Makhura's Sopa in six defining quotes
Gauteng premier David Makhura delivered his State of the Province address on Monday.
The last Sopa of the fifth provincial administration was attended by dignitaries including former president Kgalema Motlante and former premier Mbazima Shilowa.
Makhura said he was confident that the province has done well in terms of service delivery, jobs creation and uplifting the economy, regardless of the population growing rapidly from 7.8m in 1996 to 14.7m currently.
Here is an overview of his address in six quotes.
"Our economy has grown five-fold from R290bn in 1996 to R1.5tr in 2017. Gauteng is not only the economic or industrial hub of South Africa, but we are also the seventh largest economy on our continent."
"The number of people employed in the Gauteng economy has doubled from 2.6m in 1996 to 5.1m in 2018."
Public education and health
"The size of our public education and public health systems have also doubled. In 1994 there were only 1.2m learners in public education and today there are 2.3m learners. The Gauteng public health care system serves 20m health care users per annum today, whilst in 1994 it was only 7m patients."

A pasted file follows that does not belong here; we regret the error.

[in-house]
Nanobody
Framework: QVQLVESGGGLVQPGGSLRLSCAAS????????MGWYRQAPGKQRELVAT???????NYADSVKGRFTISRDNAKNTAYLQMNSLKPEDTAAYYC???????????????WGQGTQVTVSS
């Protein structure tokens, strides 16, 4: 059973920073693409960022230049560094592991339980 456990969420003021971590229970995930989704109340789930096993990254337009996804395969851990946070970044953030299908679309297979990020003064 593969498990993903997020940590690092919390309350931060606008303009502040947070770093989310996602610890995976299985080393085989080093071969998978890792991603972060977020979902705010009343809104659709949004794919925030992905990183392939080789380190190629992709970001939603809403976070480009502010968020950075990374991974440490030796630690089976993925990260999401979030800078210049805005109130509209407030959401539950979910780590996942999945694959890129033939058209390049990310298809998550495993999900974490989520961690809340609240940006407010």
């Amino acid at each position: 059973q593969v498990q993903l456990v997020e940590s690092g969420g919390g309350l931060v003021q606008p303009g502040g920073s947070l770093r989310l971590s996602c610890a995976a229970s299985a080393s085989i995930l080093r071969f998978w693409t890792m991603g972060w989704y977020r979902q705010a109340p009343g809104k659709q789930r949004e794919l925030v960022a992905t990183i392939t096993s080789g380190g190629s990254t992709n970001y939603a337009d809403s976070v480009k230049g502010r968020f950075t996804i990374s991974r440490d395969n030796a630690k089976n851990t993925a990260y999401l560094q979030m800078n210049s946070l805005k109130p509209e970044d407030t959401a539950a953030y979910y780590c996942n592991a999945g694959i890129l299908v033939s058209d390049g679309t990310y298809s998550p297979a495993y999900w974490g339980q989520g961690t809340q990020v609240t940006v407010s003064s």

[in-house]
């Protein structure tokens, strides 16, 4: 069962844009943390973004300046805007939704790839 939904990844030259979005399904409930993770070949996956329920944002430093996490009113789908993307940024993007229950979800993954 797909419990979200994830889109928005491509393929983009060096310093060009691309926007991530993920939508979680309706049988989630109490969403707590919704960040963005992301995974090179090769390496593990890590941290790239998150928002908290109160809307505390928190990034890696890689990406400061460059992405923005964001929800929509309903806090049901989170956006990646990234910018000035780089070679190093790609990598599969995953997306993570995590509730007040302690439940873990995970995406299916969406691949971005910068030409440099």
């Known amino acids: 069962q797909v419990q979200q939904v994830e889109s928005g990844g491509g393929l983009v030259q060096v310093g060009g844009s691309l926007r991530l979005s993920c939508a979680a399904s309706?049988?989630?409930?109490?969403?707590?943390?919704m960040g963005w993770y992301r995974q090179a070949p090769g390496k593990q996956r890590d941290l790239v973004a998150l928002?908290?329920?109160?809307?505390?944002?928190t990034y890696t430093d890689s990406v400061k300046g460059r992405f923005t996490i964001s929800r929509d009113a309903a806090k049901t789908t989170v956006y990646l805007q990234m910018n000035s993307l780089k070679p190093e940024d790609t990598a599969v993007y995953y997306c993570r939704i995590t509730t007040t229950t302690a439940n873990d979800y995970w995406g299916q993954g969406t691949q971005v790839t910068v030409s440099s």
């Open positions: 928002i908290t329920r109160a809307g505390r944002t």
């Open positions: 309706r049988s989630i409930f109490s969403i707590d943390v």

"The built environment of Gauteng has changed profoundly as a result of huge investments in social and economic infrastructure. We built new schools, new houses, new libraries, new hospitals and clinics, new social amenities, new police stations, new roads and many other public transport infrastructure that didn't exist in 1994."
Access to basic services
"Access to basic services has increased from an average of 60% to an average of 85% in 2018. The 2018 quality of life survey records that access to formal housing is at 81%, piped water at 91%, electricity at 92% , sanitation at 91% and refuse removal at 83%."
"The quality of life survey in our province also recalls that home ownership among the poor in our province is very high. The government housing program has delivered more than 1.2m houses in our province, thus providing decent shelter to more than 4m people."